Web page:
To read about all things Macau click HERE. Honestly, Macau vegetarian food does exist, but it’s very expensive, at least for backpacker-types. We stayed in apparently a cheap hotel, which cost us around 3,000 baht per night. That’s not very cheap for a basic place. I guess they’re pushing the whole “Portuguese-style” marketing thing. Anyhow… FOOD.

post-2468Lots of Filipinos, or Macauians (the language seemed similar) had tiny shops with imported goods, but nothing too exciting. We were glad we bought bananas. It was like late afternoon, everything was closing, but we wanted to have some wine too (another thing we read online). We only found one bottle of non-overpriced wine walking for like two hours, so we took it! First day of walking was done, then: bath, wine, sleep.

post-2327The next day we saw how busy the city centre gets, so we navigated the little alleys. Near the theatre in Rua Centra we saw numerous trendy coffee shops: Isaac, IES Espresso, Terra, Jason. On the corner of the church marked number 5 on the tourist map, there’s Missm kafe, a Thai restaurant and a 7-11. You can grab a snack and just sit outside the theatre. It’s actually very easy to find a coffee spot if you avoid tourist-packed streets.

post-2729Free biscuits!

If you do walk the main streets, and manage to squeeze through, go inside the shops for free biscuit samples – many of them! Almond ones are super tasty. You’ll basically see the same thing: everyone buying huge amounts of these biscuits, queuing for beef noodles, or eating egg tarts. Egg tarts. Tarts tarts tarts everywhere, you’ll get sick of egg tarts. They’re just egg tarts. We walked to the main ruins, had an egg tart… that’s what you do!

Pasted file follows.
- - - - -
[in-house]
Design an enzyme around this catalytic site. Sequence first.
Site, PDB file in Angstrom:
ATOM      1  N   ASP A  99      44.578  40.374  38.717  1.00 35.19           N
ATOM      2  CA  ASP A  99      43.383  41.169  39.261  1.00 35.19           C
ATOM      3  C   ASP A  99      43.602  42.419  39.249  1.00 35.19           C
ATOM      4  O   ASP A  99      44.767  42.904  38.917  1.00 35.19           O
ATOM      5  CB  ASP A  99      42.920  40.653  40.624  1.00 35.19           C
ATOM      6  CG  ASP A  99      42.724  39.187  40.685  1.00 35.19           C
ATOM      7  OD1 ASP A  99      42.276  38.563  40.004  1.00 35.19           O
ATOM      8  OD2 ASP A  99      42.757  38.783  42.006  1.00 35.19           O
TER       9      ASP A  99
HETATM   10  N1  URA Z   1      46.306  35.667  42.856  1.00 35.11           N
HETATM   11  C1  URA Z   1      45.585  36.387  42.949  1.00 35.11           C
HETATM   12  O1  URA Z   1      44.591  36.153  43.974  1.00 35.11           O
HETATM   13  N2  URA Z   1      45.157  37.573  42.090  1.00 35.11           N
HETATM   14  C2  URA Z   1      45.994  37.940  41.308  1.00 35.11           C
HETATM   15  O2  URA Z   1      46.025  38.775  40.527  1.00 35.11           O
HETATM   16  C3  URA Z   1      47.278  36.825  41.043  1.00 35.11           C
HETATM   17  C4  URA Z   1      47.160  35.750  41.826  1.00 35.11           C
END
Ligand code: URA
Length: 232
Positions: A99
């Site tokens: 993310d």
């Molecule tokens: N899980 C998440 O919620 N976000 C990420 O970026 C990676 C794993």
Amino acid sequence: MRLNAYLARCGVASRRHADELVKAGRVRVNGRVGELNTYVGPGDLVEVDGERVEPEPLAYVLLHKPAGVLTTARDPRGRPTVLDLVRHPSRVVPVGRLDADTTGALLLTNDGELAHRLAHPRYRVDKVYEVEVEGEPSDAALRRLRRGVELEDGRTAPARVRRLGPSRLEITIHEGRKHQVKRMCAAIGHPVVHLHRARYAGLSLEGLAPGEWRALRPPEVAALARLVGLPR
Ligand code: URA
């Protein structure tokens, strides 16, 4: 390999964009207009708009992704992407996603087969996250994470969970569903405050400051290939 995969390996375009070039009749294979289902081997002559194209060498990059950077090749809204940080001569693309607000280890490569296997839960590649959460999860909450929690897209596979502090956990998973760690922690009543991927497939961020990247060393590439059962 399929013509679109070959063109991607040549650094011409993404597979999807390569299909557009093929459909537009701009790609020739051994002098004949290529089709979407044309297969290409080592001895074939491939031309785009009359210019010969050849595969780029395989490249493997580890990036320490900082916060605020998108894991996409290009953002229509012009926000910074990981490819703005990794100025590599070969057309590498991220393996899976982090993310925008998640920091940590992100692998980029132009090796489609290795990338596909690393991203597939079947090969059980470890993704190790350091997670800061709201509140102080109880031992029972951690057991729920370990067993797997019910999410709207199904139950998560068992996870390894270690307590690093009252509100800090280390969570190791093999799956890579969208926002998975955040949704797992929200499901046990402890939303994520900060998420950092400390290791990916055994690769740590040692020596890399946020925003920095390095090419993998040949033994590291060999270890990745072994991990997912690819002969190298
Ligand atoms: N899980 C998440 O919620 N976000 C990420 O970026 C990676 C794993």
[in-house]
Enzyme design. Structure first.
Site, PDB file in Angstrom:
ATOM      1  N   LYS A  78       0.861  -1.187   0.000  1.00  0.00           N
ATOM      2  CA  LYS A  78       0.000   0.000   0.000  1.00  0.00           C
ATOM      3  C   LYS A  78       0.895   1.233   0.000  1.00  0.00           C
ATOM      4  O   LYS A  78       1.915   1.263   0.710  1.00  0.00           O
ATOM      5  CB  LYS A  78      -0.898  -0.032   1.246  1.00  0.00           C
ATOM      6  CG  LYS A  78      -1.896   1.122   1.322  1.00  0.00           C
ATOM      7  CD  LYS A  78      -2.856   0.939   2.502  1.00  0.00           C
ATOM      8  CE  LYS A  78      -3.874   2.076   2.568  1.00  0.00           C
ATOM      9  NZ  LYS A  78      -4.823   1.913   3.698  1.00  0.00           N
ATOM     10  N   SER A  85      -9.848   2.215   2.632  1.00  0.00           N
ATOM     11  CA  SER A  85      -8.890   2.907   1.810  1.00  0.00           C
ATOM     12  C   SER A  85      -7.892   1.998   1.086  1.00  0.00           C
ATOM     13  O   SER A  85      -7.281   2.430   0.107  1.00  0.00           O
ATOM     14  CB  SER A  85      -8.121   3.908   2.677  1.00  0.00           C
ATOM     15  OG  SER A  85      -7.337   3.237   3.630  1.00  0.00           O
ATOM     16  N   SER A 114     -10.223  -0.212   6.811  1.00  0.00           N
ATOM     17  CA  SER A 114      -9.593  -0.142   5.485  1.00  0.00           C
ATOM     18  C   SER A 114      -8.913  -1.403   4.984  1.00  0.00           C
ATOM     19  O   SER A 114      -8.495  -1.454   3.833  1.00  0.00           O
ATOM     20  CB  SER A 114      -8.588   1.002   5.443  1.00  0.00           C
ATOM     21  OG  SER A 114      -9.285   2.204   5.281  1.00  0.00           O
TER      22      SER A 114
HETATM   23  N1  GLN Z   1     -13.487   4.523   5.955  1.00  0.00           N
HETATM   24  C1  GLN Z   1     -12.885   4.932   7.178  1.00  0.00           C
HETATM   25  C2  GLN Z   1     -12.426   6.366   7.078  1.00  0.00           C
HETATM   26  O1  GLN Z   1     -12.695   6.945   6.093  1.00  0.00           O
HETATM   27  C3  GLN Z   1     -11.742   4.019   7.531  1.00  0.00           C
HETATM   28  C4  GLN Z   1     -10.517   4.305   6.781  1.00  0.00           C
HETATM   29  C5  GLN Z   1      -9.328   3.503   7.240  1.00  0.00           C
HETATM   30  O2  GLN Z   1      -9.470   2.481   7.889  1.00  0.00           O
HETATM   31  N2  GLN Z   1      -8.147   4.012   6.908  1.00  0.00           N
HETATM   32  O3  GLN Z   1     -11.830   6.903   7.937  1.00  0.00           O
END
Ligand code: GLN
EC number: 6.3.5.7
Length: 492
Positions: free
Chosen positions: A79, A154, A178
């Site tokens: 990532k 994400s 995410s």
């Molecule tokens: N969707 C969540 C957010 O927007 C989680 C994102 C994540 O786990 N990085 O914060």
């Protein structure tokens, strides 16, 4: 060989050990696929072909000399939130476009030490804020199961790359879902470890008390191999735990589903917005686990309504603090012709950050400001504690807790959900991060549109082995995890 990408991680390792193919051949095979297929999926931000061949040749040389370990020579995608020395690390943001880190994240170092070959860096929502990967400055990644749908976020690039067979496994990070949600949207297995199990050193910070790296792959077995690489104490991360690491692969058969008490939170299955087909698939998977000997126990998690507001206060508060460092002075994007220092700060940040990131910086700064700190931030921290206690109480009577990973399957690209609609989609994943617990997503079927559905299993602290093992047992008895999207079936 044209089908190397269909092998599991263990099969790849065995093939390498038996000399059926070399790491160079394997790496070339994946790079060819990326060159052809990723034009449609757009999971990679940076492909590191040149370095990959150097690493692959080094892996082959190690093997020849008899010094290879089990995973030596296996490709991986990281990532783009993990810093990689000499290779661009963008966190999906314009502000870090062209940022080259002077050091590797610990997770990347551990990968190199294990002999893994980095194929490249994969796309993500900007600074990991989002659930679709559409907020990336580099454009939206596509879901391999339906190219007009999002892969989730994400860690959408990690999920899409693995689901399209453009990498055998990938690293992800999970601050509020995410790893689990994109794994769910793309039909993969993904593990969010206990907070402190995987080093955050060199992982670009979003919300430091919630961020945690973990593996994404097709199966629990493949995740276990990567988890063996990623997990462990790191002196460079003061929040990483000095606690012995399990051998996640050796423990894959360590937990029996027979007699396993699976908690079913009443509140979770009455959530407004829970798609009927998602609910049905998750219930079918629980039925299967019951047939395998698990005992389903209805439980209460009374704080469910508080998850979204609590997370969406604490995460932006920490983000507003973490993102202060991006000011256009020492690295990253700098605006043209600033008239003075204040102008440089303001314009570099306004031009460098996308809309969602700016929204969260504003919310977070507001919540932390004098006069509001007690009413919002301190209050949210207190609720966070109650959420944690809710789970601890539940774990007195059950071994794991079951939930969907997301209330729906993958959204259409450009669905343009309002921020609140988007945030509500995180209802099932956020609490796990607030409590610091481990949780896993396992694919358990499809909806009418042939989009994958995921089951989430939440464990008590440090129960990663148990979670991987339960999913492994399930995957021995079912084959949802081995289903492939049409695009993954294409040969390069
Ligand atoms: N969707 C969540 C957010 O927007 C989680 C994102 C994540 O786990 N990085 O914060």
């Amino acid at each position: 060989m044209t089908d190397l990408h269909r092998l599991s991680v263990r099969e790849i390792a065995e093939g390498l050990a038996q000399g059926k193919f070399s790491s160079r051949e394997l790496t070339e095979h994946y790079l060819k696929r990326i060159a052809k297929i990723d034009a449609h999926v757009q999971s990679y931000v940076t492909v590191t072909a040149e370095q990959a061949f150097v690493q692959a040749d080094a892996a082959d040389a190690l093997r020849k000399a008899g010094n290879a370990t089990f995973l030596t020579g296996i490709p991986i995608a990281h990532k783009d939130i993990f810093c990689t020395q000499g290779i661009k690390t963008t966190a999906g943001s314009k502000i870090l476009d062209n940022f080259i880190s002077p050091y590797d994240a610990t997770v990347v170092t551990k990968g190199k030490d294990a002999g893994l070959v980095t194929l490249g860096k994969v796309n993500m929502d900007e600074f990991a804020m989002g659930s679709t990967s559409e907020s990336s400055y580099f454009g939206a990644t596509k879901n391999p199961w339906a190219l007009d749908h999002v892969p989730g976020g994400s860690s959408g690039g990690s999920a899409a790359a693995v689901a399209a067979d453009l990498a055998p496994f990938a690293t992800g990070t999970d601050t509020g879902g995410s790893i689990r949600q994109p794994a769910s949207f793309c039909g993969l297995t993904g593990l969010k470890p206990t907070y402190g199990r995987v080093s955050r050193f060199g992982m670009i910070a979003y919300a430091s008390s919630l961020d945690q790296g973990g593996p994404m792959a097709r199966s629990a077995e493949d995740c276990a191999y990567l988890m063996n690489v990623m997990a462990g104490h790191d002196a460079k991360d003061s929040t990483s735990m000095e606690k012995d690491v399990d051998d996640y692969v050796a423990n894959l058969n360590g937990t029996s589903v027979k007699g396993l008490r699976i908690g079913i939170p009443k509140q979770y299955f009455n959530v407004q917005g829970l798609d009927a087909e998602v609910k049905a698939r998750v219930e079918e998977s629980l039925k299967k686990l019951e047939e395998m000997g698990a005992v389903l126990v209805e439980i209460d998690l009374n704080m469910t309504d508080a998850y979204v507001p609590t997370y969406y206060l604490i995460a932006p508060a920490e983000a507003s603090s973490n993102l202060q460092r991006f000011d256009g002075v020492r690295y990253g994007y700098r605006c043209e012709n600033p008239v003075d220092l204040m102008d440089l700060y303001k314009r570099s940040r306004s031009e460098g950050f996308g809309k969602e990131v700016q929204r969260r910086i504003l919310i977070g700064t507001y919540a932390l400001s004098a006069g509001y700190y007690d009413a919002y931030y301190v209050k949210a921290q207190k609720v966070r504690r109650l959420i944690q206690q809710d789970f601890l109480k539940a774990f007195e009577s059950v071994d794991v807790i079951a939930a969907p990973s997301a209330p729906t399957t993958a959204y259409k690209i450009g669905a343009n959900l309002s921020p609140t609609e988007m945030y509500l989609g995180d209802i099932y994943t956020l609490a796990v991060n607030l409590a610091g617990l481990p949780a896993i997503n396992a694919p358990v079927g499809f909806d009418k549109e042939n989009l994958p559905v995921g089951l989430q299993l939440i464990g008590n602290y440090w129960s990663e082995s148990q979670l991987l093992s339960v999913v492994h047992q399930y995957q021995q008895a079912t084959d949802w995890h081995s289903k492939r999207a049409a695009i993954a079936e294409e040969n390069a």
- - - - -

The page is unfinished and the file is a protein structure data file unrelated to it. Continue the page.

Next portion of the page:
post-2260After looking at all the tourists (yes, tourists – not tourist attractions) we went back to a quiet Terra cafe, had a pizza, some coffee. It was a nice place with modern interior, and huge windows wide open, so we felt like sitting outside. We found it quite difficult to find vegetarian food, simply because their cuisine is mostly Chinese with pockets of fancy Portuguese restaurants. And because there were no proper supermarkets, or markets in fact.

What did we eat? It’s hard to say. We didn’t go to restaurants as they were very pricey. We basically had lots of snacks… and wine. And big breakfast at the hotel so we wouldn’t go hungry anytime soon. If you don’t mind spending $$$ on food, you’ll find what to eat, even if you’re vegetarian. Make sure you bring a note in the local language though. It’s best to ask at your hotel for a note with what you can and cannot eat. Good luck!

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